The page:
Graying Japan to Face Unprecedented ChallengesSociety
In August 2014, Saitama resident Momoi Sakari was confirmed as the world’s oldest living man by Guinness World Records at the age of 111 years and 196 days. Checking procedures began in June after the death of Alexander Imich, the American who was the previous record holder, at 111 years and 124 days.
Shortly before September 15, the national holiday Respect for the Aged Day, the Ministry of Health, Labor, and Welfare announced a new record population of 58,820 centenarians. This was a rise of more than 4,000 on the previous year and the forty-fourth consecutive annual increase. Japan’s oldest woman was 116-year-old Ōkawa Misao of Osaka, the world’s oldest living person, and Japan’s oldest man was Momoi. The ministry’s report gave further corroboration of the rapid aging of society.
Life Expectancy for Men Now Over 80
Life expectancy was just 46.92 for Japanese men and 49.63 for Japanese women in 1935, but has lengthened significantly since. In 2013, Japanese male life expectancy rose above 80 for the first time, increasing 0.27 to 80.21, according to the Health Ministry’s simplified life table. This puts Japanese men fourth highest worldwide, one place higher than 2012, after Hong Kong (80.9), Iceland (80.5), and Switzerland (80.5).
Female life expectancy rose 0.2 to a new record of 86.61, the world’s highest for the second year running, ahead of Hong Kong (86.6), Spain (85.1), France (85.0), and Switzerland (84.7). One reason behind these increases is lower mortality at all ages from diseases such as cancer, heart disease, strokes and other cerebrovascular disease, and pneumonia.
Baby Boomers Turn 65
The World Health Organization recognizes aging societies as a global trend, with world life expectancy in 2012 at 72.7 for women and 68.1 for men, six years longer than in 1990. However, longevity still depends greatly on where a person is born, with economic factors playing a major part.
In Japan, the Cabinet Office’s 2014 white paper on the nation’s aging society reported that in 2013 the number of people who were 65 or over rose by 1.1 million to 33.0 million. This means that 25.9% of the country’s total population of 127.1 million were senior citizens, up 0.9% from the previous year. This figure, a new record, has surged as Japan’s baby boomers (born between 1947 and 1949) turn 65. Of those who were 65 or over, 14.2 million were men and 18.8 million were women. A full eighth of the population, or 12.5%,were 75 or over (15.9 million) and 3.8% were 85 or over (4.8 million).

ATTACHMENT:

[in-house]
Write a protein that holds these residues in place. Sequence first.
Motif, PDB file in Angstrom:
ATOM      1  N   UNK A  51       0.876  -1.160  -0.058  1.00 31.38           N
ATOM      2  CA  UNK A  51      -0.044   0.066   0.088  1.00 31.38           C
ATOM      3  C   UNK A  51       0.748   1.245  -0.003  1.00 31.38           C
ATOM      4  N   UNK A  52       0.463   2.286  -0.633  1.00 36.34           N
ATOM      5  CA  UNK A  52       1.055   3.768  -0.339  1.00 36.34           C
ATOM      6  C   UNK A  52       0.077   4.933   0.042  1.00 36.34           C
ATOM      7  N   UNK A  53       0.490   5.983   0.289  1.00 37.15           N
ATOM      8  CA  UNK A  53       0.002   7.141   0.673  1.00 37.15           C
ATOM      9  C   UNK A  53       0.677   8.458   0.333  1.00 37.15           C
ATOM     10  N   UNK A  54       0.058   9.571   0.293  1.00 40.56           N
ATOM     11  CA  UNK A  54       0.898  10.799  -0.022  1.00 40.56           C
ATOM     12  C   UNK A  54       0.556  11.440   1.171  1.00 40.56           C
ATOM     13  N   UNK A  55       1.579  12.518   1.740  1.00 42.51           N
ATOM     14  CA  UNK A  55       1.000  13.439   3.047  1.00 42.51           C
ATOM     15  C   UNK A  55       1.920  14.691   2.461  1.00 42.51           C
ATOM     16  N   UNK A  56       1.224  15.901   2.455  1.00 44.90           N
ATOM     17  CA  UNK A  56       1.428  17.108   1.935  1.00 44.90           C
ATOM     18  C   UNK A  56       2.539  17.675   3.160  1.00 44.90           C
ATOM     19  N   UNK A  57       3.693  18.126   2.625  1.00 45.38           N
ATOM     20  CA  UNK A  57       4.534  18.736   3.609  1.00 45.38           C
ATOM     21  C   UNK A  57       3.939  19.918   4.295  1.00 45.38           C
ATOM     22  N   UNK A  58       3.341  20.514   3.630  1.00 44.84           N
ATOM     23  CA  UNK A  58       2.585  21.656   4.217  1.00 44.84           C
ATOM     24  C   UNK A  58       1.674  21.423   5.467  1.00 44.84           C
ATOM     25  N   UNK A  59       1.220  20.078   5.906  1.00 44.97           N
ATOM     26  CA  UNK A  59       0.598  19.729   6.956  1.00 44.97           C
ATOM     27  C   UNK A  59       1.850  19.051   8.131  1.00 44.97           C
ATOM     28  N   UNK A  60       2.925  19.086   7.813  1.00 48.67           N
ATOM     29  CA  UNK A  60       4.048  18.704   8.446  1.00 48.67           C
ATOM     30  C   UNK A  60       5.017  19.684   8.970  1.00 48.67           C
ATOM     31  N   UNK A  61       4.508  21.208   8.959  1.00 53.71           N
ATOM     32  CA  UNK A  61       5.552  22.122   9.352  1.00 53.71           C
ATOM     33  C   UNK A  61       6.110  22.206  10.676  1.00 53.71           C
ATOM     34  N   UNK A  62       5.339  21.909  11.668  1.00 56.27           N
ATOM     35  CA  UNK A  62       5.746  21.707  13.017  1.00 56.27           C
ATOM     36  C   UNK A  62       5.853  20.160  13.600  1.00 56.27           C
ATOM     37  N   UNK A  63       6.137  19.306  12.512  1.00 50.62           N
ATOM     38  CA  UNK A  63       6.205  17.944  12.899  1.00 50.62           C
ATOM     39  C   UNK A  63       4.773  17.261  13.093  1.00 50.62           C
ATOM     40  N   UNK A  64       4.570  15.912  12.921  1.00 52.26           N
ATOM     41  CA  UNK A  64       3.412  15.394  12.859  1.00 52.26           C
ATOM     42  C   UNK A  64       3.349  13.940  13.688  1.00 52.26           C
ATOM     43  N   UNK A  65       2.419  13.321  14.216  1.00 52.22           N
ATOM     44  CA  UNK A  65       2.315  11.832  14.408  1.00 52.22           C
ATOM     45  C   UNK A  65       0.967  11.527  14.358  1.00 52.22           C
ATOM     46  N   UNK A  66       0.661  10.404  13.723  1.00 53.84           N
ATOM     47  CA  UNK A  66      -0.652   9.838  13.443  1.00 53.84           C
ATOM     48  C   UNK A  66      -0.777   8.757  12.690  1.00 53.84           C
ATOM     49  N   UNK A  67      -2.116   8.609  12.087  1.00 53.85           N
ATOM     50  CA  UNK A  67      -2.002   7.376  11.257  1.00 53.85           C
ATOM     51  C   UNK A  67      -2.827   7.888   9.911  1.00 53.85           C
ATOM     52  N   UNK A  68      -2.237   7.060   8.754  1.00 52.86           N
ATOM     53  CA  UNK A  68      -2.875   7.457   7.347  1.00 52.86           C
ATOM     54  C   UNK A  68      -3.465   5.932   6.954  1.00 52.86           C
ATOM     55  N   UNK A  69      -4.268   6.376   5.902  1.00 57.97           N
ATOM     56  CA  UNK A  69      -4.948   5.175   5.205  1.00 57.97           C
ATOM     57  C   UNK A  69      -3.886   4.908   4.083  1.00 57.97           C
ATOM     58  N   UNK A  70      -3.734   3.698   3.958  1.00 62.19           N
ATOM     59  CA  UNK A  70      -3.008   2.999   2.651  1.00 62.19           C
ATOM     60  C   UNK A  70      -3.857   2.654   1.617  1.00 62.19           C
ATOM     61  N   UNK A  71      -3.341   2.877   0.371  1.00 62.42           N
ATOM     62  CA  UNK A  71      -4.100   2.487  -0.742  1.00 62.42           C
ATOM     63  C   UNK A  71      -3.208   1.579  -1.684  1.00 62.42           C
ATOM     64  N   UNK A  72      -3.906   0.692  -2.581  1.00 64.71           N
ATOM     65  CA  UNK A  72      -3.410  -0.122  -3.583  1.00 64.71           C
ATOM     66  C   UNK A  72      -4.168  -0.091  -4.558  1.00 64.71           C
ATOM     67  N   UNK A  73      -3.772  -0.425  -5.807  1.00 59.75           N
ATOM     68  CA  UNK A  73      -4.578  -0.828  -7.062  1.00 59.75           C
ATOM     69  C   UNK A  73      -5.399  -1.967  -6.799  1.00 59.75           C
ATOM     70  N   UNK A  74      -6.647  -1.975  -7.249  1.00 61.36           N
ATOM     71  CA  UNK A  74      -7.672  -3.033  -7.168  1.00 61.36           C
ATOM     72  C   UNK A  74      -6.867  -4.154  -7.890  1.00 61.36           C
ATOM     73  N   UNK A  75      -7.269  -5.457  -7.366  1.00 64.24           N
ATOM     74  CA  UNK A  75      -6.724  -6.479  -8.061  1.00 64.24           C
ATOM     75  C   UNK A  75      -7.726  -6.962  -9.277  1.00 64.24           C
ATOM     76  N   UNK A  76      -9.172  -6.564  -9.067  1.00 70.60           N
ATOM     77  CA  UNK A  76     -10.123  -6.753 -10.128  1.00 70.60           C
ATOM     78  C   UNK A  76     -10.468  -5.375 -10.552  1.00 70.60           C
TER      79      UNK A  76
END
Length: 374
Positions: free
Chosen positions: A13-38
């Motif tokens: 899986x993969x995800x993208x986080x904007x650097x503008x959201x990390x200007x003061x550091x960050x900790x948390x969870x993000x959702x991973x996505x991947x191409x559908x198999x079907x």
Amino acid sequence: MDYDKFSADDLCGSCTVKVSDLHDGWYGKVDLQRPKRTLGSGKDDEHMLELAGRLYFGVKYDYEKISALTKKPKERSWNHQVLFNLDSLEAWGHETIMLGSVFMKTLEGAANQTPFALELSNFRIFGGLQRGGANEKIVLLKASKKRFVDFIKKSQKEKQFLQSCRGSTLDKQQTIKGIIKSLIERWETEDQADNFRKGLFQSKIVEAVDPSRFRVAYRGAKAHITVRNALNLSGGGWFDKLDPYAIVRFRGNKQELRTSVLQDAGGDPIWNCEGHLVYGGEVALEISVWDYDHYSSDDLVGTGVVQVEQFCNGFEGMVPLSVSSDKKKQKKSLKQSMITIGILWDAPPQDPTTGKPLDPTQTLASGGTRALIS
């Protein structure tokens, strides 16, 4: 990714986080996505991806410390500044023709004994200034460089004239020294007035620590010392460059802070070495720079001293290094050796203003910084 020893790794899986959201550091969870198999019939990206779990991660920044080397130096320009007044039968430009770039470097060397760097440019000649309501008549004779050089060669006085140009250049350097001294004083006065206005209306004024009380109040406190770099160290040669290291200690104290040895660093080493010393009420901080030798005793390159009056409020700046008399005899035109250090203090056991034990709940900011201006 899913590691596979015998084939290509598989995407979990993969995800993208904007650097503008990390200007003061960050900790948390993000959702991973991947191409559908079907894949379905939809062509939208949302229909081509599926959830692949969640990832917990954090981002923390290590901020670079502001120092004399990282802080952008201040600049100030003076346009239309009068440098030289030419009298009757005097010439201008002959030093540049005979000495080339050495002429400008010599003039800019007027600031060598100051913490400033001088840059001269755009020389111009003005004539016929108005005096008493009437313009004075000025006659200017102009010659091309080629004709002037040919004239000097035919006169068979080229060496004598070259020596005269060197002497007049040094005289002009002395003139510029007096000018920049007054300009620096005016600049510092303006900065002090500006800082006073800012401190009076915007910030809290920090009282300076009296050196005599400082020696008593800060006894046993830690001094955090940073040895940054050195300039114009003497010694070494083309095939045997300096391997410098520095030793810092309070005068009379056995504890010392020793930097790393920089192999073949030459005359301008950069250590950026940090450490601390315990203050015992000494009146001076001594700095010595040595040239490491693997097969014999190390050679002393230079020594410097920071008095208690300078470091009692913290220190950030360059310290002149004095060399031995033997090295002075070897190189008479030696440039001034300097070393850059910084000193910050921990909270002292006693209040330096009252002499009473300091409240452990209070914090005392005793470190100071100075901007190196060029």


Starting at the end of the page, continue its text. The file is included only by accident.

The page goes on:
The aging of Japanese society has already reached a level beyond that of any other country, but it is the speed of the process that is particularly worth noting. The United Nations defines a country as aging when 7% of its population is 65 or over. In Japanese there are terms for a society including 7% (kōreika shakai, or a society in the process of aging), 14% (kōrei shakai, an aged society), and 20% (chōkōrei shakai, a super-aged society) senior citizens. Japan moved from 7% to 14% in the short span of 24 years between 1970 and 1994. By contrast, in Europe this stage was quickest in Germany, where it took 42 years from 1930 to 1972, while in France it took all of 114 years, from 1865 to 1979.
The senior population is predicted to continue to grow and peak at 38.8 million in 2042, according to the Population Projections for Japan prepared by the National Institute of Population and Social Security Research in January 2012. It will then start to decline, but the proportion of senior citizens will continue to grow. As a result, this proportion is projected to reach 39.9% by 2060, at which time the 75-or-over population will be 26.9%. Life expectancy is predicted to be 84.19 for males and 90.93 for females.
Breaking New Ground
As Japan’s birth rate continues to drop, one concern is the shrinking working-age population. The Ministry of Internal Affairs and Communications estimated that the working population would total 79.0 million in 2013, falling below 80 million for the first time in 32 years. A smaller labor force will surely reduce Japan’s international competitiveness. It will also face a higher relative burden, as the 2.3 workers supporting every senior via social security payments in 2015 are projected to drop to 1.3 by 2060. Discontent is growing among the younger generation and there are fears this could develop into a serious social problem.
Another issue is the cost of social security, which in fiscal 2011 reached a record ¥107.5 trillion. In 1970, payouts represented just 5.8% of the national income. By 2011, though, they had ballooned to 31.0%, with more than two-thirds (¥72.2 trillion) spent on senior-related social security. The country’s inflating welfare bill comes at a time when it urgently needs to reduce its fiscal deficit.
Japan will break new ground as a nation with a never-before experienced life expectancy and senior population. It will have to meet the challenges of a greater number of people with Alzheimer’s disease and other forms of dementia, leading to expansion in “silver” industries like medical and nursing care for seniors. The national government and local administrations are setting targets and implementing new initiatives to help ensure that long lives can be lived in good health. With no models from other countries to refer to, it remains to be seen how Japan’s “super-aged society” will develop.
Japan’s Aging Population
|Seniors (65 or over)||31.9||13.7||18.2|
|75 or over||15.6||6.0||9.6|
|Working-age population (15–64)||79.0||39.8||39.2|
|Seniors (65 or over)||25.1||22.1||27.8|
|75 or over||12.3||9.7||14.7|
|Working-age population (15–64)||62.1||64.3||59.9|
Notes: Data as of October 1, 2013. Created by Nippon.com based on data from Jinkō suikei (Population Estimate) published by the Ministry of Internal Affairs and Communications.